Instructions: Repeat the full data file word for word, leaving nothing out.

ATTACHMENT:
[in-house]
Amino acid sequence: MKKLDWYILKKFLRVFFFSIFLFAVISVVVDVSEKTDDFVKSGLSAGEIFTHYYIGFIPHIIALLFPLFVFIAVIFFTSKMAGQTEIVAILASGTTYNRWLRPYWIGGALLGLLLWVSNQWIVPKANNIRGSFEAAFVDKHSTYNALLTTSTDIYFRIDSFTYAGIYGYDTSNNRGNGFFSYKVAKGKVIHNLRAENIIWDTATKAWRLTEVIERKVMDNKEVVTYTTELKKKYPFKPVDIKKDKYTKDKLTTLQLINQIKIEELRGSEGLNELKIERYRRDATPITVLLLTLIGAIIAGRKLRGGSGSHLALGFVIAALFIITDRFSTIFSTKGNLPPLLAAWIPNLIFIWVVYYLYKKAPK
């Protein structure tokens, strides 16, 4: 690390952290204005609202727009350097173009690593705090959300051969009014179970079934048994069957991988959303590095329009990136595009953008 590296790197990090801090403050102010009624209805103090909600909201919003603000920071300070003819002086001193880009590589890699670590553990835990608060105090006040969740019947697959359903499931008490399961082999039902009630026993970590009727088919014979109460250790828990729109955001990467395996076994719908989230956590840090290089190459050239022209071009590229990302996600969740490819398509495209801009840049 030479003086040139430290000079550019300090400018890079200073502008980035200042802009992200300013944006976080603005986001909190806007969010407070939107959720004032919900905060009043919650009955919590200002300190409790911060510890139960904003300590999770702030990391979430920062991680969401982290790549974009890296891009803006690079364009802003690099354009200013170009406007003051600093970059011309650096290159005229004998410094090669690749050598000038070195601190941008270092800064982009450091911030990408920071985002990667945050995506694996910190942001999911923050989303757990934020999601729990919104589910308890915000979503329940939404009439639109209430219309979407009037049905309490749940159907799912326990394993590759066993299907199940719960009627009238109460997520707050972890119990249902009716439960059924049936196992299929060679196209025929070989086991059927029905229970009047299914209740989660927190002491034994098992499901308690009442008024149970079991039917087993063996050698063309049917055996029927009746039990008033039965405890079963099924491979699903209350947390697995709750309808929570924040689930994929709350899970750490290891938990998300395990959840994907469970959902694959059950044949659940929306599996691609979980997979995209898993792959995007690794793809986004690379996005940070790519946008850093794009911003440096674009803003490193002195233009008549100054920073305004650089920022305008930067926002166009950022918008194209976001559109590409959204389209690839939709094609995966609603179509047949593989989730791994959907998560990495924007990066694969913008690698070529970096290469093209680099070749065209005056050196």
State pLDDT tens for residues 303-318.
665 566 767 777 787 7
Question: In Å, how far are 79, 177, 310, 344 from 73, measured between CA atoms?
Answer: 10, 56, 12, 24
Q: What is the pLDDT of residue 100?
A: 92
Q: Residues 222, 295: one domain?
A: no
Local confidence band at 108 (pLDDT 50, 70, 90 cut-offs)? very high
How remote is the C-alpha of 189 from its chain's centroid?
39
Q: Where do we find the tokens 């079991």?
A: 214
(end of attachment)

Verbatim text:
[in-house]
Amino acid sequence: MKKLDWYILKKFLRVFFFSIFLFAVISVVVDVSEKTDDFVKSGLSAGEIFTHYYIGFIPHIIALLFPLFVFIAVIFFTSKMAGQTEIVAILASGTTYNRWLRPYWIGGALLGLLLWVSNQWIVPKANNIRGSFEAAFVDKHSTYNALLTTSTDIYFRIDSFTYAGIYGYDTSNNRGNGFFSYKVAKGKVIHNLRAENIIWDTATKAWRLTEVIERKVMDNKEVVTYTTELKKKYPFKPVDIKKDKYTKDKLTTLQLINQIKIEELRGSEGLNELKIERYRRDATPITVLLLTLIGAIIAGRKLRGGSGSHLALGFVIAALFIITDRFSTIFSTKGNLPPLLAAWIPNLIFIWVVYYLYKKAPK
């Protein structure tokens, strides 16, 4: 690390952290204005609202727009350097173009690593705090959300051969009014179970079934048994069957991988959303590095329009990136595009953008 590296790197990090801090403050102010009624209805103090909600909201919003603000920071300070003819002086001193880009590589890699670590553990835990608060105090006040969740019947697959359903499931008490399961082999039902009630026993970590009727088919014979109460250790828990729109955001990467395996076994719908989230956590840090290089190459050239022209071009590229990302996600969740490819398509495209801009840049 030479003086040139430290000079550019300090400018890079200073502008980035200042802009992200300013944006976080603005986001909190806007969010407070939107959720004032919900905060009043919650009955919590200002300190409790911060510890139960904003300590999770702030990391979430920062991680969401982290790549974009890296891009803006690079364009802003690099354009200013170009406007003051600093970059011309650096290159005229004998410094090669690749050598000038070195601190941008270092800064982009450091911030990408920071985002990667945050995506694996910190942001999911923050989303757990934020999601729990919104589910308890915000979503329940939404009439639109209430219309979407009037049905309490749940159907799912326990394993590759066993299907199940719960009627009238109460997520707050972890119990249902009716439960059924049936196992299929060679196209025929070989086991059927029905229970009047299914209740989660927190002491034994098992499901308690009442008024149970079991039917087993063996050698063309049917055996029927009746039990008033039965405890079963099924491979699903209350947390697995709750309808929570924040689930994929709350899970750490290891938990998300395990959840994907469970959902694959059950044949659940929306599996691609979980997979995209898993792959995007690794793809986004690379996005940070790519946008850093794009911003440096674009803003490193002195233009008549100054920073305004650089920022305008930067926002166009950022918008194209976001559109590409959204389209690839939709094609995966609603179509047949593989989730791994959907998560990495924007990066694969913008690698070529970096290469093209680099070749065209005056050196």
State pLDDT tens for residues 303-318.
665 566 767 777 787 7
Question: In Å, how far are 79, 177, 310, 344 from 73, measured between CA atoms?
Answer: 10, 56, 12, 24
Q: What is the pLDDT of residue 100?
A: 92
Q: Residues 222, 295: one domain?
A: no
Local confidence band at 108 (pLDDT 50, 70, 90 cut-offs)? very high
How remote is the C-alpha of 189 from its chain's centroid?
39
Q: Where do we find the tokens 């079991």?
A: 214